Research Paper:
Thomas Luke, et al. Human polyclonal immunoglobulin G from transchromosomic bovines inhibits MERS-CoV in vivo. Science Translational Medicine 8 (326), 326ra21. (2016). PMID: 26888429

The ability to treat rapidly emerging infectious diseases with pathogen specific antibodies is hampered by the difficulty in producing large amounts of antibodies in a timely fashion. Isolation of antibodies from convalescent serum in humans requires a large motivated pool of human donors. Monoclonal or polyclonal antibodies in animals have the potential for severe reactions arising from human immune responses against animal derived antibodies. Monoclonal humanized antibodies take a long time to develop and can result in the rapid development of escape mutants, something not observed with polyclonal antibodies. The authors describe a new approach to rapidly generating polyclonal human anti-pathogen antibodies using transgenic cows.


  Reviewed by Rachael A. Clark, MD, PhD, Brigham and Women's Hospital


Developments in Basic Immunology and Novel Therapies

circlearrow2 The Role of Bacteria and Bacterial-derived Metabolites in Intestinal Immune Homeostasis

The human intestine is home to trillions of highly diverse commensal bacteria, which exist in a symbiotic and mutualistic relationship with their host. Many key aspects of human health, including tolerance to the constituents of the microbiota itself, vitamin and nutrient absorption and the development of cells within the intestinal mucosa, are dependent on the presence of these beneficial microbes1. In addition, the microbiota also plays a vital role in protecting the host from invading pathogenic bacteria, via competition for substrate and niche, as well as through the production of antimicrobial compounds. Understanding how specific bacteria influence intestinal immunity is key for understanding the physiology of intestinal homeostasis, and also has the potential to define new treatments for intestinal diseases.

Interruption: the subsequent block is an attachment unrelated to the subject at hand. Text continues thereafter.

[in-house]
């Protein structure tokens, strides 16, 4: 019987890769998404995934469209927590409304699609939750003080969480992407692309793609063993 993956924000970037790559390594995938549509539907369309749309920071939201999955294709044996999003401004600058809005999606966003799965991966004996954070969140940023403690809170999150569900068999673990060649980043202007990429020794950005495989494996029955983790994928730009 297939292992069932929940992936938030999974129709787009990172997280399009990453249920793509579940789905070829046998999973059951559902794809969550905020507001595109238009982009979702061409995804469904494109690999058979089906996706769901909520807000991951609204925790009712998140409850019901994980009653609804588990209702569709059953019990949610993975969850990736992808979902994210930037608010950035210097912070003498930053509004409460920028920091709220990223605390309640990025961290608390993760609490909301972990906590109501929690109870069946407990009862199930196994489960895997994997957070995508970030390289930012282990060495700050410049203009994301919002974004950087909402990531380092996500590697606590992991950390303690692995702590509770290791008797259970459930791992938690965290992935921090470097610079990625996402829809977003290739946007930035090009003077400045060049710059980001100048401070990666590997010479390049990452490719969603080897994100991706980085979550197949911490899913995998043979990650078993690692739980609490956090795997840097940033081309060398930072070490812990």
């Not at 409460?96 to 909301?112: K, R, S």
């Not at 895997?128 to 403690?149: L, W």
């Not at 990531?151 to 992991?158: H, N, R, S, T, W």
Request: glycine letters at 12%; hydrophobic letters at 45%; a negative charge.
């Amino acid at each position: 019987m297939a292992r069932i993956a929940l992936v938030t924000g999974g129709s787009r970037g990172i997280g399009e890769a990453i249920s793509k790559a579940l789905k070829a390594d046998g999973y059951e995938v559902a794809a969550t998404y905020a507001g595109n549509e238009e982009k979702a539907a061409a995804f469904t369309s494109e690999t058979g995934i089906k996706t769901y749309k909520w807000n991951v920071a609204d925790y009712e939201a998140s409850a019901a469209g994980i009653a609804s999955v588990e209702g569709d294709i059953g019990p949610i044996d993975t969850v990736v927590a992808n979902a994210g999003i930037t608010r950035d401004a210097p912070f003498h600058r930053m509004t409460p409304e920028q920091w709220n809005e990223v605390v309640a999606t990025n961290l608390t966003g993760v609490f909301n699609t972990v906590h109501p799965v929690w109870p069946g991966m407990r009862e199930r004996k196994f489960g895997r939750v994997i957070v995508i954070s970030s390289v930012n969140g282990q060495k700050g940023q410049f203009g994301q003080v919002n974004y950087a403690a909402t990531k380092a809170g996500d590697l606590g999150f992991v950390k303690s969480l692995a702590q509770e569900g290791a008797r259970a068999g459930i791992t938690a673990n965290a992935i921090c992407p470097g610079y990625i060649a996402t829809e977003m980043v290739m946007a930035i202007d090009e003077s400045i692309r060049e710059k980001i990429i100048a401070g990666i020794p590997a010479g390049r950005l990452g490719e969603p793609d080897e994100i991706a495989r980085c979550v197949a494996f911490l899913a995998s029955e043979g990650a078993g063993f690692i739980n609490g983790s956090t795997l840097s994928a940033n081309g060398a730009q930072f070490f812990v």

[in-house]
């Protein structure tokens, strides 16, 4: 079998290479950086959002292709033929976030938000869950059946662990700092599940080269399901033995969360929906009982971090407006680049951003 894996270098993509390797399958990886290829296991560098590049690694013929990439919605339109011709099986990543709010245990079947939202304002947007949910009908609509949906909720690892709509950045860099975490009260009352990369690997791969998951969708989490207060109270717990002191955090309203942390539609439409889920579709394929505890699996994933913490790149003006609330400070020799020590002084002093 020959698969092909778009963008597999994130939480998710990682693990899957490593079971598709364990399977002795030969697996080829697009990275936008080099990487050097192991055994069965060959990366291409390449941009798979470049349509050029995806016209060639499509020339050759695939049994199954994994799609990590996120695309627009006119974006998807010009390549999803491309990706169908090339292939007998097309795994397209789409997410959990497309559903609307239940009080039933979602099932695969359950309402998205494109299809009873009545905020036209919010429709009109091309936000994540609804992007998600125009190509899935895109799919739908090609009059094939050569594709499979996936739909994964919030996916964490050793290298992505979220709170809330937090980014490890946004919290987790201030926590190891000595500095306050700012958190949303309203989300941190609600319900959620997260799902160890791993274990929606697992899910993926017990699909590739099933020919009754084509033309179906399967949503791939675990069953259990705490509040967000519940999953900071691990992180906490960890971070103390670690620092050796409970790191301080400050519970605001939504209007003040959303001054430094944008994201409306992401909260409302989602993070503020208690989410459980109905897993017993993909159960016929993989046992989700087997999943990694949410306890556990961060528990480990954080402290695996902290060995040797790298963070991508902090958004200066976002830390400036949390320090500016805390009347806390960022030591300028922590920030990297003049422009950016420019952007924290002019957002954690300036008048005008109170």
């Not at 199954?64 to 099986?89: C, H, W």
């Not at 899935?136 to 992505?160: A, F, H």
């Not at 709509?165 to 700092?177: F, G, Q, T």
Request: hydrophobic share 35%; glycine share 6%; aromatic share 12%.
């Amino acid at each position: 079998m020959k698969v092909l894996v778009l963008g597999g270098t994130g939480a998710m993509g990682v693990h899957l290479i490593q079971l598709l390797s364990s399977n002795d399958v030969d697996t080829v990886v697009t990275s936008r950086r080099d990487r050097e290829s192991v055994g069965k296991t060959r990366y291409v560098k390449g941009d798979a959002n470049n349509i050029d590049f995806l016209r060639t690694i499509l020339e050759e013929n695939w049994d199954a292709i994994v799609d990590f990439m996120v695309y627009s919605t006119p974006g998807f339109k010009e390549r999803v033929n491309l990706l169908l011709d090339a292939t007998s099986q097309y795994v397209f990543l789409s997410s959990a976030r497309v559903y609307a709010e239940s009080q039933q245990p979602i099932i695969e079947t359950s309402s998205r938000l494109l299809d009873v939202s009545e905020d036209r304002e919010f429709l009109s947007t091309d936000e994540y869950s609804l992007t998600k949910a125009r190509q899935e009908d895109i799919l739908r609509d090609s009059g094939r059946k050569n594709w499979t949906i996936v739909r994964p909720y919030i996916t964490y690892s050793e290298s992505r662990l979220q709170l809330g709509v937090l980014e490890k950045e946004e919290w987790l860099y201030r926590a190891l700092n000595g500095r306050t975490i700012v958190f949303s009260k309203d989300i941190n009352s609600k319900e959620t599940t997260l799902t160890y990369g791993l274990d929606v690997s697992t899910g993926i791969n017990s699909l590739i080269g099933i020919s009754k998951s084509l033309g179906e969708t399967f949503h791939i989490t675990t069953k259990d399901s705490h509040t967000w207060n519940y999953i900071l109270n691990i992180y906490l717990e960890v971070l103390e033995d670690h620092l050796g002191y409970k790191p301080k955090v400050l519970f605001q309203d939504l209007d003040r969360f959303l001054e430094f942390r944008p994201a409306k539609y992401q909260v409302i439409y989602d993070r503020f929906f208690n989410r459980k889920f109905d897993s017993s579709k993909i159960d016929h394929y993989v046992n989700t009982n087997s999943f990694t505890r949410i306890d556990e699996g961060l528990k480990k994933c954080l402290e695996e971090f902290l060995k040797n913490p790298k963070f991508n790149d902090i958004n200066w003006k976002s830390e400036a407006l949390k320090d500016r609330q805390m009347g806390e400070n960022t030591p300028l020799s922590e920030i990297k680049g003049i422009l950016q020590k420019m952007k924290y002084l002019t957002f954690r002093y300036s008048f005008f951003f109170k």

Submitted by Maria Fernando, and Megan K. Levings, PhD, University of British Columbia


Selected Recent Clinical Trial Results

circlearrow2 Efficacy and Safety of Dupilumab in Adults with Moderate-to-severe Atopic Dermatitis Inadequately Controlled by Topical Treatments: A Randomised, Placebo-Controlled, Dose-Ranging Phase 2B Trial 

Clinical Trial: Thaci D, Simpson E, Beck L, et al. Lancet 2016; 387:40-52

Disease: Atopic dermatitis

Intervention: Dupilumab or placebo. Dupilumab is a human monoclonal antibody directed against the interleukin (IL)-4 receptor alpha subunit that blocks signaling of both IL-4 and IL-13, Th2 cytokines.


  Submitted by Sandra Lord, MD, Benaroya Research Institute. Edited by Carla J. Greenbaum, MD, Benaroya Research Institute


Thank you to the 2013 FOCIS Corporate Council: